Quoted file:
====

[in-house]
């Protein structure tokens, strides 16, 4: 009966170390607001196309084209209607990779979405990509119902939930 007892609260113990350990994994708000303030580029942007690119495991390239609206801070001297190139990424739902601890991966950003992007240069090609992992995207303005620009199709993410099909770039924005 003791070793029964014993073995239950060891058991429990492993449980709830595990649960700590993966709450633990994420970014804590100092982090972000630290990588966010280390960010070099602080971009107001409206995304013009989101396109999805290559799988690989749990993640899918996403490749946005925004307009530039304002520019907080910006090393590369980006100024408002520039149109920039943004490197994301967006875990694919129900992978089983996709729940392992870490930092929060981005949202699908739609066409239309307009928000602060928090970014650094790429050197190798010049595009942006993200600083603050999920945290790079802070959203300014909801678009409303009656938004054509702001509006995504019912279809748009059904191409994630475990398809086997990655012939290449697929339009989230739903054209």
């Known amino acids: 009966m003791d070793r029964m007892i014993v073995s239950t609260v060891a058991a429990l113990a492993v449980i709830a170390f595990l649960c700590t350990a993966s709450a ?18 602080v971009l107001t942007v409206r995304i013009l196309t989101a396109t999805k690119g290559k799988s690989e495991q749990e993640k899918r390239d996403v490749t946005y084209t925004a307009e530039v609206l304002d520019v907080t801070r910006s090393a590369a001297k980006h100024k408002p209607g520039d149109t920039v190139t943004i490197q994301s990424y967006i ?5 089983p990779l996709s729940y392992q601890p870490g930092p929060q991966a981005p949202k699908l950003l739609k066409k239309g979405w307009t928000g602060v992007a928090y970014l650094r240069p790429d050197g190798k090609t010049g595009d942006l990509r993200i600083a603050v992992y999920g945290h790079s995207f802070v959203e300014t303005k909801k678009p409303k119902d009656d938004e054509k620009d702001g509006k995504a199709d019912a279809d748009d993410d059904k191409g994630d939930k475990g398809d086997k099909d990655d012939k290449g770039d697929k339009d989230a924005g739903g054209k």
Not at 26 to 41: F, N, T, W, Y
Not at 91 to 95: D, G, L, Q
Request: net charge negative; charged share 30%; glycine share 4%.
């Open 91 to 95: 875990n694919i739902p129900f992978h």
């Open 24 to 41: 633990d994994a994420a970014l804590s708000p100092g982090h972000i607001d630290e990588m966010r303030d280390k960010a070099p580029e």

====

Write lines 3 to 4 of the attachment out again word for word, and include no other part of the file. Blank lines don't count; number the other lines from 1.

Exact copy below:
């Known amino acids: 009966m003791d070793r029964m007892i014993v073995s239950t609260v060891a058991a429990l113990a492993v449980i709830a170390f595990l649960c700590t350990a993966s709450a ?18 602080v971009l107001t942007v409206r995304i013009l196309t989101a396109t999805k690119g290559k799988s690989e495991q749990e993640k899918r390239d996403v490749t946005y084209t925004a307009e530039v609206l304002d520019v907080t801070r910006s090393a590369a001297k980006h100024k408002p209607g520039d149109t920039v190139t943004i490197q994301s990424y967006i ?5 089983p990779l996709s729940y392992q601890p870490g930092p929060q991966a981005p949202k699908l950003l739609k066409k239309g979405w307009t928000g602060v992007a928090y970014l650094r240069p790429d050197g190798k090609t010049g595009d942006l990509r993200i600083a603050v992992y999920g945290h790079s995207f802070v959203e300014t303005k909801k678009p409303k119902d009656d938004e054509k620009d702001g509006k995504a199709d019912a279809d748009d993410d059904k191409g994630d939930k475990g398809d086997k099909d990655d012939k290449g770039d697929k339009d989230a924005g739903g054209k």
Not at 26 to 41: F, N, T, W, Y